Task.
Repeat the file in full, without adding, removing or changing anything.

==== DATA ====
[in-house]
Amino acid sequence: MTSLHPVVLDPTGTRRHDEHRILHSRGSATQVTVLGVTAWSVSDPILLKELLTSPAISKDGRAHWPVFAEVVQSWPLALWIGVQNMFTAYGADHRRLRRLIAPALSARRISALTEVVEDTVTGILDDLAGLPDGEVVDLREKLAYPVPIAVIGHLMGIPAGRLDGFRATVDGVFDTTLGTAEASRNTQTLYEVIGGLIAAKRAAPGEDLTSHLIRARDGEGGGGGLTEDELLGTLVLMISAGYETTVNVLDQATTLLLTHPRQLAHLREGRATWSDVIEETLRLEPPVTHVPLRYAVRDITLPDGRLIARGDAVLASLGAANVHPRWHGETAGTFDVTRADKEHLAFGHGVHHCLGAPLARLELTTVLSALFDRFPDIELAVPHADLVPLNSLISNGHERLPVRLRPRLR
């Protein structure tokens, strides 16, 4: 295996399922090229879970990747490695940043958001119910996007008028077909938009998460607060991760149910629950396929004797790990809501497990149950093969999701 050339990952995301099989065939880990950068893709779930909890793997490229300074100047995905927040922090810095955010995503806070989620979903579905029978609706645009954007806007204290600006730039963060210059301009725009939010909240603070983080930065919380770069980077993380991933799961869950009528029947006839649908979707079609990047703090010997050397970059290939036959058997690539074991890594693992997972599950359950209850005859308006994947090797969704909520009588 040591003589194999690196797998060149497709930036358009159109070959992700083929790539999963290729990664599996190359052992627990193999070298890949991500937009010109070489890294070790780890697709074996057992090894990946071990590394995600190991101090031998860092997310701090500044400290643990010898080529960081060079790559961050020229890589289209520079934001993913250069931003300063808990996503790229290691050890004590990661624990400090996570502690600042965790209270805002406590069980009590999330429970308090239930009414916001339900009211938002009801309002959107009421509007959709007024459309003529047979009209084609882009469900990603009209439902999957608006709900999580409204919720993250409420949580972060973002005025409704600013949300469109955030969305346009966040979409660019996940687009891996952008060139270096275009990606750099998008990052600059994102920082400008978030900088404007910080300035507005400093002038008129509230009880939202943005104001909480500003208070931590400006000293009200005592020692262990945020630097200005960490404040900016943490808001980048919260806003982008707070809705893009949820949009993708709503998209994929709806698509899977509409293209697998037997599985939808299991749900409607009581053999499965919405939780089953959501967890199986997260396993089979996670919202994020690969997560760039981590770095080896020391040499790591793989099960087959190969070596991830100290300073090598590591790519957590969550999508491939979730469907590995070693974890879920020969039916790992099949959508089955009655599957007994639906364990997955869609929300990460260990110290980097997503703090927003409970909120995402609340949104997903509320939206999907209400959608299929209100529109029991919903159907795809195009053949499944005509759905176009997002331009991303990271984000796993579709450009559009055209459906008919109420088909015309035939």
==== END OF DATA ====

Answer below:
[in-house]
Amino acid sequence: MTSLHPVVLDPTGTRRHDEHRILHSRGSATQVTVLGVTAWSVSDPILLKELLTSPAISKDGRAHWPVFAEVVQSWPLALWIGVQNMFTAYGADHRRLRRLIAPALSARRISALTEVVEDTVTGILDDLAGLPDGEVVDLREKLAYPVPIAVIGHLMGIPAGRLDGFRATVDGVFDTTLGTAEASRNTQTLYEVIGGLIAAKRAAPGEDLTSHLIRARDGEGGGGGLTEDELLGTLVLMISAGYETTVNVLDQATTLLLTHPRQLAHLREGRATWSDVIEETLRLEPPVTHVPLRYAVRDITLPDGRLIARGDAVLASLGAANVHPRWHGETAGTFDVTRADKEHLAFGHGVHHCLGAPLARLELTTVLSALFDRFPDIELAVPHADLVPLNSLISNGHERLPVRLRPRLR
């Protein structure tokens, strides 16, 4: 295996399922090229879970990747490695940043958001119910996007008028077909938009998460607060991760149910629950396929004797790990809501497990149950093969999701 050339990952995301099989065939880990950068893709779930909890793997490229300074100047995905927040922090810095955010995503806070989620979903579905029978609706645009954007806007204290600006730039963060210059301009725009939010909240603070983080930065919380770069980077993380991933799961869950009528029947006839649908979707079609990047703090010997050397970059290939036959058997690539074991890594693992997972599950359950209850005859308006994947090797969704909520009588 040591003589194999690196797998060149497709930036358009159109070959992700083929790539999963290729990664599996190359052992627990193999070298890949991500937009010109070489890294070790780890697709074996057992090894990946071990590394995600190991101090031998860092997310701090500044400290643990010898080529960081060079790559961050020229890589289209520079934001993913250069931003300063808990996503790229290691050890004590990661624990400090996570502690600042965790209270805002406590069980009590999330429970308090239930009414916001339900009211938002009801309002959107009421509007959709007024459309003529047979009209084609882009469900990603009209439902999957608006709900999580409204919720993250409420949580972060973002005025409704600013949300469109955030969305346009966040979409660019996940687009891996952008060139270096275009990606750099998008990052600059994102920082400008978030900088404007910080300035507005400093002038008129509230009880939202943005104001909480500003208070931590400006000293009200005592020692262990945020630097200005960490404040900016943490808001980048919260806003982008707070809705893009949820949009993708709503998209994929709806698509899977509409293209697998037997599985939808299991749900409607009581053999499965919405939780089953959501967890199986997260396993089979996670919202994020690969997560760039981590770095080896020391040499790591793989099960087959190969070596991830100290300073090598590591790519957590969550999508491939979730469907590995070693974890879920020969039916790992099949959508089955009655599957007994639906364990997955869609929300990460260990110290980097997503703090927003409970909120995402609340949104997903509320939206999907209400959608299929209100529109029991919903159907795809195009053949499944005509759905176009997002331009991303990271984000796993579709450009559009055209459906008919109420088909015309035939």